FGCU lost most of their starters from last year and have reloaded with graduate transfers. They’re still undersized and still depend on three’s and speed. It’ll be an interesting game, but FGCU isn’t used to playing an opponent capable of hitting fifteen three’s themselves.

The Hawaiian Tournament is three games in three days. On Saturday the Cardinal will play American University - AU is located in Washington D.C., was founded in 1893, and has 8137 undergrad students (plus about 5000 grad students.) They’re in the Patriot League and compete quite well against the likes of Navy, Bucknell, Lehigh, and Boston U.   

The Eagles have won 22 straight home games and recently beat George Mason by fifteen, so take them lightly at your peril.

On Sunday Stanford will take on the University of Hawaii Rainbow Wahines (which has to be one of the great mascots). The Bows have had a tough preseason so far and play in the Big West Conference, so things won’t get much easier going forward. Sure is a great way to escape hazardous air quality and watch some good women’s basketball. University of Hawaii website -

Malcolm  McFall, FBC Feature Writer

November 12, 2018

Stanford Wins Central Valley High School Reunion

Stanford Wins Central Valley High School Reunion

Warren Grimes, Stanford FBC Feature Writer

It was a reunion of three starting players on what may have been last year’s best high school team.   Central Valley High School, in the Spokane Valley, went undefeated last season, winning their state tournament; they also won the GEICO post season tournament in NYC, defeating two of the nation’s other top teams.  

Senior starters and stars on that team were the Hull twins, Lexie and Lacie, and Hailey Christopher, now playing as a guard/forward for Idaho.  In the reunion, Lexie stole the show.  She started, played 25 minutes, and scored 17 points while converting 5 of 8 three point shots, grabbing 5 boards, blocking 2 shots, and stealing the ball twice.  Lexie’s outside shooting was reminiscent of the Karlie Samuelson, but perhaps a Karlie Samuelson plus because of other strengths of her game. Lexie’s numbers were emblematic of her team’s performance.  Stanford won 115 to 71.  

The other Central Valley alums were also notable contributors.  Lacie played just 13 minutes, scored no points, but had 2 boards, an assist and a block.  Neither of the Hulls had any turnovers. Hailey Christopher played 19 minutes for Idaho, scored six on 3-4 shooting and had 3 assists for an Idaho team that could not get boards but shot 60% from the three point line.  Oh, and Christopher blocked one shot – one of former teammate Lexie Hull’s efforts.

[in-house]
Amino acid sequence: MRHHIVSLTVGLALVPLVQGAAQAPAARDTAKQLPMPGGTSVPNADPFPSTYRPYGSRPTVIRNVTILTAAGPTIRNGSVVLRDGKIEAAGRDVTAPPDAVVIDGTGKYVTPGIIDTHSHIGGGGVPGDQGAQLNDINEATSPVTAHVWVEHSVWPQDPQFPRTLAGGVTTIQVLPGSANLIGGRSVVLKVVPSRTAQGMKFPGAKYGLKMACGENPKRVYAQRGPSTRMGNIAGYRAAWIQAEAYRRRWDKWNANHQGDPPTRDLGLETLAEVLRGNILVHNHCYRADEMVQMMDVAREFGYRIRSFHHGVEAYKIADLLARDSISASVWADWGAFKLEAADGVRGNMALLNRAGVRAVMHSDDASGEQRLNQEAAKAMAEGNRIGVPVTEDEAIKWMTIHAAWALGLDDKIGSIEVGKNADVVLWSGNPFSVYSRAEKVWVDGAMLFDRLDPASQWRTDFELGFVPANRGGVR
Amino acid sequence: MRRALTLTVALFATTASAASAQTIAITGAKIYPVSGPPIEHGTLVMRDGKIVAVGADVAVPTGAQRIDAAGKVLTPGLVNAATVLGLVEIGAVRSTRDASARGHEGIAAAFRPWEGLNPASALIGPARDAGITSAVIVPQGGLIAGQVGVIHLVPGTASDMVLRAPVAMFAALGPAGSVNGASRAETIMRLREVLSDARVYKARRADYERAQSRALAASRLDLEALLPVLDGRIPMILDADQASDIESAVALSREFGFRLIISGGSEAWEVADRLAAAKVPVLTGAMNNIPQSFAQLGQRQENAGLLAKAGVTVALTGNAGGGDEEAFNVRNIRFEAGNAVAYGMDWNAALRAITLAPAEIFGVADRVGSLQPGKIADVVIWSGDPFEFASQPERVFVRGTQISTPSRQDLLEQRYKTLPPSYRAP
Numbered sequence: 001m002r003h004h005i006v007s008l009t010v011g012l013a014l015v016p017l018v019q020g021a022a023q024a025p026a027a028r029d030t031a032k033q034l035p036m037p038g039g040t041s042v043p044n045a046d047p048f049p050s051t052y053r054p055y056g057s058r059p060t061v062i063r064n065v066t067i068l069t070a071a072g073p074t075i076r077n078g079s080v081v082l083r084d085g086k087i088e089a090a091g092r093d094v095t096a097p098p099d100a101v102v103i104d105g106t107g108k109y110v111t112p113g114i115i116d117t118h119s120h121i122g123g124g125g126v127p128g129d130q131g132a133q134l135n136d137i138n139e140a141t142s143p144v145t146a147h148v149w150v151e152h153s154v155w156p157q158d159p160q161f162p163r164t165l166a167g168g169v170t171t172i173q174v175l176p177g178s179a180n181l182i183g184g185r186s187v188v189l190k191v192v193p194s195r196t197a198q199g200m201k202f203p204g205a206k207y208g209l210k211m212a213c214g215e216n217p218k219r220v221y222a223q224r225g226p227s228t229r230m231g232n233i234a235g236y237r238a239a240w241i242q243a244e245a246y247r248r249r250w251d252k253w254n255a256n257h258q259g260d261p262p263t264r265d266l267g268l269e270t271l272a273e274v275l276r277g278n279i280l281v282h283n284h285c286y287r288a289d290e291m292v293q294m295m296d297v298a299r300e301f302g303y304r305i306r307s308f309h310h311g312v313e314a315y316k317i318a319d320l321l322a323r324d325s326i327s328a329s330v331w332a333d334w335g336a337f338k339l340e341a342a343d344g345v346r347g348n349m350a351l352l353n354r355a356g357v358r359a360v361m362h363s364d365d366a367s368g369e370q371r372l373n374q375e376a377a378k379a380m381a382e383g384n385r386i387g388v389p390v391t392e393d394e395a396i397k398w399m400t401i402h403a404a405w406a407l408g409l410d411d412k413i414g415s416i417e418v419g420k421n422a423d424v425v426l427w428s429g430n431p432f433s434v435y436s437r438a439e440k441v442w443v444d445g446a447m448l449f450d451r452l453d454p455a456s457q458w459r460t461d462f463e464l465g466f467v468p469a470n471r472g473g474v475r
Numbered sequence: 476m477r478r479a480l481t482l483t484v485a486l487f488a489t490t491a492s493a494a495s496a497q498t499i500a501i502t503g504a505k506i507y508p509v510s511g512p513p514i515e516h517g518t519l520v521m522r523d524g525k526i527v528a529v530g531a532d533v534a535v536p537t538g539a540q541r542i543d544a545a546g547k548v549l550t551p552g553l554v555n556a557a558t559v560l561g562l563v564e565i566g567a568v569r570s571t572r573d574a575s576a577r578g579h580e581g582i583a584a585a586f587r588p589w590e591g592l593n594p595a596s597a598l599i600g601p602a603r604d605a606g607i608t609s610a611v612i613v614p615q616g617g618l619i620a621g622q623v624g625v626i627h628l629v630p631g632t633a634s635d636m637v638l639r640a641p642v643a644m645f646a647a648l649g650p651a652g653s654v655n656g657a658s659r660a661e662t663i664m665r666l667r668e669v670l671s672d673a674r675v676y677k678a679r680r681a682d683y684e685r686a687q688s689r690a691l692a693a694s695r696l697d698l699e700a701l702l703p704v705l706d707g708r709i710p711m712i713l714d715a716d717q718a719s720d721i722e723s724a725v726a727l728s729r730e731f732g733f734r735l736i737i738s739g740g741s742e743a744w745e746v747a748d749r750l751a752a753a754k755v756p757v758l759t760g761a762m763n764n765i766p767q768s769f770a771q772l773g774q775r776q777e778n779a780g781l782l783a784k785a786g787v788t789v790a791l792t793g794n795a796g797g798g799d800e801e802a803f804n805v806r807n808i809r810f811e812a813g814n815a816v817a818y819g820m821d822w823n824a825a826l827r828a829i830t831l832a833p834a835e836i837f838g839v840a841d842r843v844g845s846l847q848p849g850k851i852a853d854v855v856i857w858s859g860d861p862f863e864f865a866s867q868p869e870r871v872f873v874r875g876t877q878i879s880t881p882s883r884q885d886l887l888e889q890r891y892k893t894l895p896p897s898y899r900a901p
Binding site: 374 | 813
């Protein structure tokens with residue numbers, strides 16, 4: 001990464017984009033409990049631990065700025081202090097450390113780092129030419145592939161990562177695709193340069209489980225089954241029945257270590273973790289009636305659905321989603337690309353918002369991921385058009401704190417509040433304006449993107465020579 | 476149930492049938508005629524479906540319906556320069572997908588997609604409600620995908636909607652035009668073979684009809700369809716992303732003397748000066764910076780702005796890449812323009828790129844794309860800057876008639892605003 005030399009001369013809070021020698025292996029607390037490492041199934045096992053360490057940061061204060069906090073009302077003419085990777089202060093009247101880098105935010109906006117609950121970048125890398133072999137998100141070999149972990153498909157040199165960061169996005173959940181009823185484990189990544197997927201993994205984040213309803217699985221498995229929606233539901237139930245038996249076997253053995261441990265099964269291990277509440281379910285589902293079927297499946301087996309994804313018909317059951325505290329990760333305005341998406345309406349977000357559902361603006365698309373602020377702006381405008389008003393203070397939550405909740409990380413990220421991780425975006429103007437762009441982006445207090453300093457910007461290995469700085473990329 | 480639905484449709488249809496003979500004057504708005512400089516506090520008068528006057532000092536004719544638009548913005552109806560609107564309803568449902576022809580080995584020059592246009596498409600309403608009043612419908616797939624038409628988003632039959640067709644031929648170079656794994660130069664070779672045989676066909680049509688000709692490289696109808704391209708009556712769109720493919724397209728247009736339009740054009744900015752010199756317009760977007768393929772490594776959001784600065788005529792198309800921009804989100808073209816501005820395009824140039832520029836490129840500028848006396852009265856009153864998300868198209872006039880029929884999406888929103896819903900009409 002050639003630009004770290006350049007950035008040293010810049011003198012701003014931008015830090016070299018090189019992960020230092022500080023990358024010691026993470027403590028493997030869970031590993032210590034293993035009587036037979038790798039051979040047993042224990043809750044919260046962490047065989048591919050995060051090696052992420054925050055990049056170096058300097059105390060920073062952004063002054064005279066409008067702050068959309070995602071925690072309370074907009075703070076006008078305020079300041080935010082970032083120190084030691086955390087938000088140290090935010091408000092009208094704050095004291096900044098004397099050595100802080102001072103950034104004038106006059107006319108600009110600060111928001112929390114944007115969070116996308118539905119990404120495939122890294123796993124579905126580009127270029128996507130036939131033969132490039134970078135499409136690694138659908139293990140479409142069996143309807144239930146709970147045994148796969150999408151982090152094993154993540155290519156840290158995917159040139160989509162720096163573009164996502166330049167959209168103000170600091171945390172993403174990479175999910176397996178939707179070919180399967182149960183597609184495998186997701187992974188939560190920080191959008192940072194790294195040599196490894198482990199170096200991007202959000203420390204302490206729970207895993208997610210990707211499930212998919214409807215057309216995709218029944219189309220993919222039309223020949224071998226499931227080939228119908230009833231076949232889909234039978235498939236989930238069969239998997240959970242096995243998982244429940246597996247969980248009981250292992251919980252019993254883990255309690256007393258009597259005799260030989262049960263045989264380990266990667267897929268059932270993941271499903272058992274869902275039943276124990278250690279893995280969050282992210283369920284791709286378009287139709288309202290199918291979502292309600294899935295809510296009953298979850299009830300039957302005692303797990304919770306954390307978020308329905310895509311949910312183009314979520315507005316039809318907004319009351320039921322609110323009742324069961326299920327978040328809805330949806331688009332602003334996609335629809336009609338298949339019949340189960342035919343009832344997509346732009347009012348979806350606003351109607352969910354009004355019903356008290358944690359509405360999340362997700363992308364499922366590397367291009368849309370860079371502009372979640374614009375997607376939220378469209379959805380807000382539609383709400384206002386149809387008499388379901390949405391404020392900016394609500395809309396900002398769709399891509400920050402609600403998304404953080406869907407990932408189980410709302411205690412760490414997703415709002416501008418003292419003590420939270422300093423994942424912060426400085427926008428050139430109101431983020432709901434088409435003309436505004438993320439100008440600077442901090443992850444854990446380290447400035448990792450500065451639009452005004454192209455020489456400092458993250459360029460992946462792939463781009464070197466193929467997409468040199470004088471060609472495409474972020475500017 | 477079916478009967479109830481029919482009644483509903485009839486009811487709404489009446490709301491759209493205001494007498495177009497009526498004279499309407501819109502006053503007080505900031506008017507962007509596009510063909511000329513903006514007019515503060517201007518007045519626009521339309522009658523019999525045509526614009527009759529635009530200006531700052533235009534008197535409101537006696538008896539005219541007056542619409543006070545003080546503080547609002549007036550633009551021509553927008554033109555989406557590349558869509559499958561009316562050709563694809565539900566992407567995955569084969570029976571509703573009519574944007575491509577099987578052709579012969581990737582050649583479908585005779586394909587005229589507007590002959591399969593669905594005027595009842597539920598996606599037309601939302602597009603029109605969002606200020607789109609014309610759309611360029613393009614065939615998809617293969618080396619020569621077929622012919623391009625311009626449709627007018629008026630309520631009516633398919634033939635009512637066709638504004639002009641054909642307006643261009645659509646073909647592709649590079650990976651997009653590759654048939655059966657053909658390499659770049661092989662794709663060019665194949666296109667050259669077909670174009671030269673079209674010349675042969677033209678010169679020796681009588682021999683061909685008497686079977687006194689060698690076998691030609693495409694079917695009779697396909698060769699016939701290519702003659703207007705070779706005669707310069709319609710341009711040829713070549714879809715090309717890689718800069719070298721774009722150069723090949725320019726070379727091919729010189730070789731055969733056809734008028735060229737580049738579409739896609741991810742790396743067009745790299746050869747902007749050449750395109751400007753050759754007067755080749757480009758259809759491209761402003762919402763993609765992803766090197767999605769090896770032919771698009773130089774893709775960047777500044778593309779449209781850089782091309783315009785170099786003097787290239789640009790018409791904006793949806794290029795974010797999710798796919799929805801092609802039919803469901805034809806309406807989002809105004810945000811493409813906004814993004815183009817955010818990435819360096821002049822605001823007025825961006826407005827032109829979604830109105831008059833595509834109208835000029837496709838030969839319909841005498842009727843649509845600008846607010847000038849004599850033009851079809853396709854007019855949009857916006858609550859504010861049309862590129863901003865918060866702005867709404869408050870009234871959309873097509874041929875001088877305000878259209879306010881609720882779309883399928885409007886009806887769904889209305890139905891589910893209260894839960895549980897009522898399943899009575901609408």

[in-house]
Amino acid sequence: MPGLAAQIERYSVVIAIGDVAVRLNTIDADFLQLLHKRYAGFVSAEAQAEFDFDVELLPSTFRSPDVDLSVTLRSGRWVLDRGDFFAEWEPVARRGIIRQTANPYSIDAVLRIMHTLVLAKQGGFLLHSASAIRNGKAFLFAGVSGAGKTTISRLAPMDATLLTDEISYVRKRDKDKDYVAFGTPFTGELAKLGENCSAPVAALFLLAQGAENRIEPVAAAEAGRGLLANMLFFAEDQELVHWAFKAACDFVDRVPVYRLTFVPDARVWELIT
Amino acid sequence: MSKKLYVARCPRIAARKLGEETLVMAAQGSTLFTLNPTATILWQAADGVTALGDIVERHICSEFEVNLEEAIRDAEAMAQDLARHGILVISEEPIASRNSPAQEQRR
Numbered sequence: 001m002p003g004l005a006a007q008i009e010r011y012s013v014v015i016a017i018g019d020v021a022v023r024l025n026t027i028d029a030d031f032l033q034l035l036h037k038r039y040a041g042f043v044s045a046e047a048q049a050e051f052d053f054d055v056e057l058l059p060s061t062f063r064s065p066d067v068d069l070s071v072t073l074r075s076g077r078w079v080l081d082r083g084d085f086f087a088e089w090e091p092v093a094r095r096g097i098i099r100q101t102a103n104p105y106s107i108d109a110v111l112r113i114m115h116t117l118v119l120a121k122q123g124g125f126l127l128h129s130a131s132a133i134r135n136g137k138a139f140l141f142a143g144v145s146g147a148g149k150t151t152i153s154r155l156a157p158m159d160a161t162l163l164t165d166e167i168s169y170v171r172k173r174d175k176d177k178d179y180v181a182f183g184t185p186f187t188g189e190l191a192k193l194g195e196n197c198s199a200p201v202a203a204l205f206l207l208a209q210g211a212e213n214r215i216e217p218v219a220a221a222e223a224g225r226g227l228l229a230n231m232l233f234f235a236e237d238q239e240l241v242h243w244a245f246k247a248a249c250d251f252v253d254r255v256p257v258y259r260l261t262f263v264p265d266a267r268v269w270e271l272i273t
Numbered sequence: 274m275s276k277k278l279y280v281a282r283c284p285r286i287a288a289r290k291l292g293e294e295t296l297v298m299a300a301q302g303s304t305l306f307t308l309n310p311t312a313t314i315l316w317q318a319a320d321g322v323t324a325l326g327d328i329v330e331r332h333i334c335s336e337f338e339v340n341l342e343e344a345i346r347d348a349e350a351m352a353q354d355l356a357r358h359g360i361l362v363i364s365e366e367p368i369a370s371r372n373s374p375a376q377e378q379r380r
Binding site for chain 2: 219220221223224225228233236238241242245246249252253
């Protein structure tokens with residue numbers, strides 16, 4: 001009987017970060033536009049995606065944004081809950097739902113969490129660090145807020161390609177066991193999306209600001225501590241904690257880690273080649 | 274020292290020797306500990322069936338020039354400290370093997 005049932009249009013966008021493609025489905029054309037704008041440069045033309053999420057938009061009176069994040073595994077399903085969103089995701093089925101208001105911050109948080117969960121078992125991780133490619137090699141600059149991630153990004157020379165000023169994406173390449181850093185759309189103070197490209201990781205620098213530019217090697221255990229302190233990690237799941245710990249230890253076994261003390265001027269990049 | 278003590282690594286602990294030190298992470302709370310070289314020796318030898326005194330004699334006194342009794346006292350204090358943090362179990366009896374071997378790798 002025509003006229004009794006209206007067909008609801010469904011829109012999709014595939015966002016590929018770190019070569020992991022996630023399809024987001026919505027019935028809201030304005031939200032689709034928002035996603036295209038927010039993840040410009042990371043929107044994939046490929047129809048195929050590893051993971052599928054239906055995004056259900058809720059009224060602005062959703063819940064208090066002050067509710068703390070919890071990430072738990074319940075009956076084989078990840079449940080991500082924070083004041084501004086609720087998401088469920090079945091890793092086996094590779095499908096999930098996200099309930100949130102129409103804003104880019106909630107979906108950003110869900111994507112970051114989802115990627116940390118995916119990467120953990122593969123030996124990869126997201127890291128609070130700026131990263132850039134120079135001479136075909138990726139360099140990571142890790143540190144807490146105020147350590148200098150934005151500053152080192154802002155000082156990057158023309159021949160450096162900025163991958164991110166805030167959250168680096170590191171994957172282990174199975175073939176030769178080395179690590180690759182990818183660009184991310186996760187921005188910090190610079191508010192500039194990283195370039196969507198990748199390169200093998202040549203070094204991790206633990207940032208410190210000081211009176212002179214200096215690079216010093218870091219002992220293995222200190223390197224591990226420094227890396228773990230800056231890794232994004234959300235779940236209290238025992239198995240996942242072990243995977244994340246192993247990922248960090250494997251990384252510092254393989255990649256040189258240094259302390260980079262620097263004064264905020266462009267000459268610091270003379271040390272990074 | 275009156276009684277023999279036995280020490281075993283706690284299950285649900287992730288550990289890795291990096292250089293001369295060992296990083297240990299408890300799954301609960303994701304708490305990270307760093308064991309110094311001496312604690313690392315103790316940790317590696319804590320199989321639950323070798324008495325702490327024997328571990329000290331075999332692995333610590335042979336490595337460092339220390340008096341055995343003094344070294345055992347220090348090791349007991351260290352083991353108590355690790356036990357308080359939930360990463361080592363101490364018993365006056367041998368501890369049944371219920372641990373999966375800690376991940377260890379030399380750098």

Hailey Christopher is a very good player, but, at least in high school, not the equal of Lacie Hull, the less productive of the two twins on Sunday. Coach VanDerveer clearly has confidence in Lacie – she was one of the first players off the bench.  The thing about Lacie is that, like her twin, she plays hard and intensive defense, takes care of the ball (and steals it from opponents), passing wisely, and potentially shooting very well (from distance, she shot better than Lexie in high school).  Lexie shot 63% from the three point line against Idaho.  Lacie can do that too.  I’m waiting for her break out game.

The Hulls are just the right players for this year’s high potency offense with quick ball movement and lots of transition points.  Against Idaho, with the wide open Princeton offense clicking, Lexie Hull was just one six players to score in double digits.  Alana Smith and Kiana Williams led the way with 19 points each, while Nadia Fingall was close behind with 16 points. Stanford scored over 100 points for the first time since 2016.  This offensive balance will be difficult to defend and suggests that the team has the potential to climb from its current number 7 national ranking. 

Kiana Williams played the point most of the time she was in the game (28 minutes), and she played it very well (9 assists).  But Stanford’s other highly touted freshman, Jenna Brown, came in off the bench to play 13 minutes, contributing 7 points, 3 assists and 3 boards. Jenna can score from anywhere: three pointers, pull ups, and creative lay ups.  She demonstrated that on Sunday.  She’s gonna play.

This is a very good, very talented, and very deep Stanford team. They can shoot from the three point line and the free throw line, defend, run with the ball, score in transition, and put up points, lots and lots of them.   More 100 point games in the making.  What fun to watch!

November 09, 2018

Unhullstering Stanford’s Freshmen Weapons

Unhullstering Stanford’s Freshmen Weapons 

By:  Warren Grimes, longtime Stanford Women's Basketball fan

             Stanford played its first regular season game on Wednesday.  All three of the team’s freshmen played: Twins Lexie and Lacie Hull and Jenna Brown. They came to Stanford with sterling credentials.  The Hull twins were co-players of the year in Washington State.  Jenna Brown was very highly rated by all the recruiting services, played in high school all star games, and was a key member of a U.S. youth team in international competition over the Summer.

            The addition of the Hull twins continues a tradition of top Washington State players on the Farm, including Kate Starbird and Brittany McPhee.  If memory serves, all of these players had state POY status as high schoolers. McPhee was a Stanford senior last year, so comparisons between the Hulls and McPhee are inevitable.  They are all roughly the same size (6' or 6'1"), all were gym rats, prolific scorers in high school, strong rebounders, and fun to watch.